sliced, into rectangles. It can now be found in

brief moments to pull it from the bowl with a

stores packed in plastic bags. Special sugars

fork or whisk and then fling the hot mixture

have also been introduced that create longer

through the air. The strands would quickly

strands to give the candy greater texture.

cool and solidify in the air. Burns and blisters were common, as was failure.

These days the most popular color for cotton candy is pink, followed by blue. Other colors

Enter American inventiveness. Several Amer-

are occasionally seen. Plain sugar is the best

ican inventors are credited with cooking up the

seller, but flavors such as bubble gum are

first modern cotton candy machines. The first

increasingly available. Cotton candy has a long

patent was given to John C. Wharton and

and international ancestry, but Americans have

William Morris for their 1897 machine. The

taken it to our hearts. We’ve even created a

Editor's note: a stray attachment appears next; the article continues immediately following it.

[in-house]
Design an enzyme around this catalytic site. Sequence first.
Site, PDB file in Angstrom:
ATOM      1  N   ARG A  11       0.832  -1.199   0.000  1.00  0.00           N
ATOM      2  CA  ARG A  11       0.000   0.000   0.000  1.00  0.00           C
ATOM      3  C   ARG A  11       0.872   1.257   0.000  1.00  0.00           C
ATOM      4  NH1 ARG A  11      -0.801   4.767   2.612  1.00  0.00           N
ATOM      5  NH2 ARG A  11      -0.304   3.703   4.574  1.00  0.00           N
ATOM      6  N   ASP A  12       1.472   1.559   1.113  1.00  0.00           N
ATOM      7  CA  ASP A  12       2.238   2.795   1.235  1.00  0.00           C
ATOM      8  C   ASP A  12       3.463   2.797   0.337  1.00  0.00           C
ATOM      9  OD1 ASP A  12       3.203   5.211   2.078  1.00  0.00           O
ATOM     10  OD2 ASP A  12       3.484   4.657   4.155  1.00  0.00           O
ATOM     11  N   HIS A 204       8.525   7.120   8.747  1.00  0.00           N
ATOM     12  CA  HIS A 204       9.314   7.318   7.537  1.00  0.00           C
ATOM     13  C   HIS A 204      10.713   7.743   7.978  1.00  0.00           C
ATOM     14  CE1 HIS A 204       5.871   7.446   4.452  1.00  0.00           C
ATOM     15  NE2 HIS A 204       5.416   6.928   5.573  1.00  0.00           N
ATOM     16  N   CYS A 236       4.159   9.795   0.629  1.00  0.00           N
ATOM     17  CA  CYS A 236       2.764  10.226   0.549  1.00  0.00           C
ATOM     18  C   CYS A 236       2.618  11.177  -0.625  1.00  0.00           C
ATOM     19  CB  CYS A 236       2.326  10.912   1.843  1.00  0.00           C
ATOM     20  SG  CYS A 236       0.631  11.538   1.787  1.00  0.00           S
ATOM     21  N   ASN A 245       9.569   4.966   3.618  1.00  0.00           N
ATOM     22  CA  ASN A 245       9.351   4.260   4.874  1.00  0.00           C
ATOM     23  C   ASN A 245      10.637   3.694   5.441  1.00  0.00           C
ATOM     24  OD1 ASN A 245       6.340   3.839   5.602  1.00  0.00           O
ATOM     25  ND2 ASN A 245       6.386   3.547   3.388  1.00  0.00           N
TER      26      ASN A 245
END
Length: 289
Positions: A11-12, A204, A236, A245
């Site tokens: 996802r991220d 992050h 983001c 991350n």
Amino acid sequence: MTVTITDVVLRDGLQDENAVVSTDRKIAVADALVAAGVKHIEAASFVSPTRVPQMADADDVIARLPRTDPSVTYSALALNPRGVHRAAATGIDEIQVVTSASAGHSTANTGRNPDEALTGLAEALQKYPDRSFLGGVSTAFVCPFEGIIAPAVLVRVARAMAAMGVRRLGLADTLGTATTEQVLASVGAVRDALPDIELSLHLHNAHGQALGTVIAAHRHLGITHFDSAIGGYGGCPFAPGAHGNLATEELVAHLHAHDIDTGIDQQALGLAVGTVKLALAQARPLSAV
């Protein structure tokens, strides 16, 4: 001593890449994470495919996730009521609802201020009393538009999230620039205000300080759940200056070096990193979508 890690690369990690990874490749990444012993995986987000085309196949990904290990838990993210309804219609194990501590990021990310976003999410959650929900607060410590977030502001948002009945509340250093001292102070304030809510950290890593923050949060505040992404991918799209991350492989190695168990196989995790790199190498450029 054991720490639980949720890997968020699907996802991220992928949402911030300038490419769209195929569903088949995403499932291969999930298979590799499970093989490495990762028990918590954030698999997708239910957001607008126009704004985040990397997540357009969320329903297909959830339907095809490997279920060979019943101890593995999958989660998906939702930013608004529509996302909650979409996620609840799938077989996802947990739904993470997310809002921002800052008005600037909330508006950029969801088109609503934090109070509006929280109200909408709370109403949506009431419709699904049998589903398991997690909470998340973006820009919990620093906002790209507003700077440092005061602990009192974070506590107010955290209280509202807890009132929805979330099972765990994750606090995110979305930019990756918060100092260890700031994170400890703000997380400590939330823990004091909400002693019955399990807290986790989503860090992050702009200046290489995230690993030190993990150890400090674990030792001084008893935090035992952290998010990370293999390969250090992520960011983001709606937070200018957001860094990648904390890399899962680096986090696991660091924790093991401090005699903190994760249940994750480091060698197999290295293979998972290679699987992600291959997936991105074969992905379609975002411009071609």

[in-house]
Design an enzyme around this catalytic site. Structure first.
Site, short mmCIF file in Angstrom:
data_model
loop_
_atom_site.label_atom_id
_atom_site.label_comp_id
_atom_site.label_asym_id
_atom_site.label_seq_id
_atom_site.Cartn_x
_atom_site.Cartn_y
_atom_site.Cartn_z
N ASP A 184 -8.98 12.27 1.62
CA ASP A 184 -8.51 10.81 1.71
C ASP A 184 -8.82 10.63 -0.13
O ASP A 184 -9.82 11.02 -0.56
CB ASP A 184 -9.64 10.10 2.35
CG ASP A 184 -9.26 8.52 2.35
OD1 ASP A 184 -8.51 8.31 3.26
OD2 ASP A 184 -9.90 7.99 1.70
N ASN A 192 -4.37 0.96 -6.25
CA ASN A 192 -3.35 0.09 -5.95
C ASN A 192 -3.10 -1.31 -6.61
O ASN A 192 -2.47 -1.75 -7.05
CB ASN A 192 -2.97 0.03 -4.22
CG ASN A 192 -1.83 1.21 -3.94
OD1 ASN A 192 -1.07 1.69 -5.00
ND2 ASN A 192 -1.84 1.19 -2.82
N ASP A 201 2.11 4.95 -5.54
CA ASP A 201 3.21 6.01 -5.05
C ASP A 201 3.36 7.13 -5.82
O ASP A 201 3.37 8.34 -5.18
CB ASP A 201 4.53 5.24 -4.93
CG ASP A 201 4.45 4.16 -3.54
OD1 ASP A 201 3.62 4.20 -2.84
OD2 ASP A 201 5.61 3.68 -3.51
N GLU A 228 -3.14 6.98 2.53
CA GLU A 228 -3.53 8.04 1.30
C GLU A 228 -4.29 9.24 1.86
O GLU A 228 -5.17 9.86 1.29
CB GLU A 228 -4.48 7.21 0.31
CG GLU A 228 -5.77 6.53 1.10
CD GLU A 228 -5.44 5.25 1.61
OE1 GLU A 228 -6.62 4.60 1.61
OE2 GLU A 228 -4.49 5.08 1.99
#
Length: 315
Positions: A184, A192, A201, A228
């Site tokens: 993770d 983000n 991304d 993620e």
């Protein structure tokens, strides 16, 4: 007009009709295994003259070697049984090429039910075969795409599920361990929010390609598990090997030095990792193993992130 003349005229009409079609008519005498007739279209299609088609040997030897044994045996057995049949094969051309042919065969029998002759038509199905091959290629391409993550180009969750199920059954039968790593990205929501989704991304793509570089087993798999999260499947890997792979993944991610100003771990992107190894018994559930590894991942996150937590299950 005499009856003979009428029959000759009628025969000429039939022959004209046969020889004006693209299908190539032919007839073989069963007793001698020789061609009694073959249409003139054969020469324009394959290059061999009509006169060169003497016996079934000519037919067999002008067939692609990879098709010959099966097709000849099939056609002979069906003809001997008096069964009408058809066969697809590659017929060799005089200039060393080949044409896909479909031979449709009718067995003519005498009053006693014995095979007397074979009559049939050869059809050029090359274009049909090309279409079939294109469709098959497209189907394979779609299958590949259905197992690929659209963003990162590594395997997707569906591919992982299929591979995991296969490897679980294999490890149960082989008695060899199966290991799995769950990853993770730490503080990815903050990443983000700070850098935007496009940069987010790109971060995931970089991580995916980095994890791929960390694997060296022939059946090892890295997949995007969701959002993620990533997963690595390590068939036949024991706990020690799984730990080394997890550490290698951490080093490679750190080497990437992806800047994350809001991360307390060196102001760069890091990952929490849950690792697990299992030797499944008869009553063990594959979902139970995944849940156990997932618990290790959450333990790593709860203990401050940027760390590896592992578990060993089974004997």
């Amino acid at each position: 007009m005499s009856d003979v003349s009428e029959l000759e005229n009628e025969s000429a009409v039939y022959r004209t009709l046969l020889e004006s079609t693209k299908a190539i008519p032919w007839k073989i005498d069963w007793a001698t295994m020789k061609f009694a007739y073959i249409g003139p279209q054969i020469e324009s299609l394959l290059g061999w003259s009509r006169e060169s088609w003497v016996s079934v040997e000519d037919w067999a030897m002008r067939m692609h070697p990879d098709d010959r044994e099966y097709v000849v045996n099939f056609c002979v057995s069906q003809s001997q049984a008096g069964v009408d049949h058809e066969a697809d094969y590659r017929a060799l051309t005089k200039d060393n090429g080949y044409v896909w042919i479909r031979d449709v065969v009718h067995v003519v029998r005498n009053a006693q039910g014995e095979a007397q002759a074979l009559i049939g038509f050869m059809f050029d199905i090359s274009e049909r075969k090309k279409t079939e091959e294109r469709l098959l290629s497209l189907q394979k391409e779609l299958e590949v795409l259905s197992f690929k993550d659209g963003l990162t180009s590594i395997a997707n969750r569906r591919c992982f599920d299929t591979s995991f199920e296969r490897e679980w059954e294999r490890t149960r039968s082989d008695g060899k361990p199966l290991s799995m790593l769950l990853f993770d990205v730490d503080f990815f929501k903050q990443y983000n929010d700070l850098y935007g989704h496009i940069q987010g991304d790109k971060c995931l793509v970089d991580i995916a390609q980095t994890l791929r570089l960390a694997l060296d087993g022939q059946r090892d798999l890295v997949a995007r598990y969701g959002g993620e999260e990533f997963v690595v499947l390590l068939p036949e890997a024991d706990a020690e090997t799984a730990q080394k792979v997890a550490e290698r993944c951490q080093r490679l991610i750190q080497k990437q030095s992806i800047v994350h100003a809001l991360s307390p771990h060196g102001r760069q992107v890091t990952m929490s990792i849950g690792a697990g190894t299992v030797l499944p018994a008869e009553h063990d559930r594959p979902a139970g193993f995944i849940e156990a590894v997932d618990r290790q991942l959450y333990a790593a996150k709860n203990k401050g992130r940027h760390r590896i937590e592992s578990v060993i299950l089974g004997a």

two partners debuted their new ‘fairy floss’ at

holiday — National Cotton Candy Day — that

the St. Louis World’s Fair in 1904 where it was

is celebrated each year in early December.

a success. Another American, Thomas Patton AMERICAN PATRIOT 13


QUOTE OF THE WEEK

“In America, anybody can be president. That's one of the risks you take.” — ADLAI STEVENSON, 1900-1965 Famous for his intellect and dry humor, Stevenson was twice Democratic presidential candidate and was twice defeated soundly, in 1952 and 1956, by Dwight Eisenhower. CLICK HERE TO HEAR ADLAI STEVENSON’S PRESIDENTIAL CAMPAIGN SPEECH

14 AMERICAN PATRIOT


THIS WEEK IN

AMERICAN HISTORY 1962. The Cuban Missile Crisis burst on the scene when the U.S. discovered Soviet missile bases in Cuba at the height of the Cold War. President John F. Kennedy took an aggressive approach, quarantining the island and staring down Soviet head Nikita Khruschev. It ended well, but for several days the world was on the brink of nuclear war between the two reigning superpowers. AMERICAN PATRIOT 15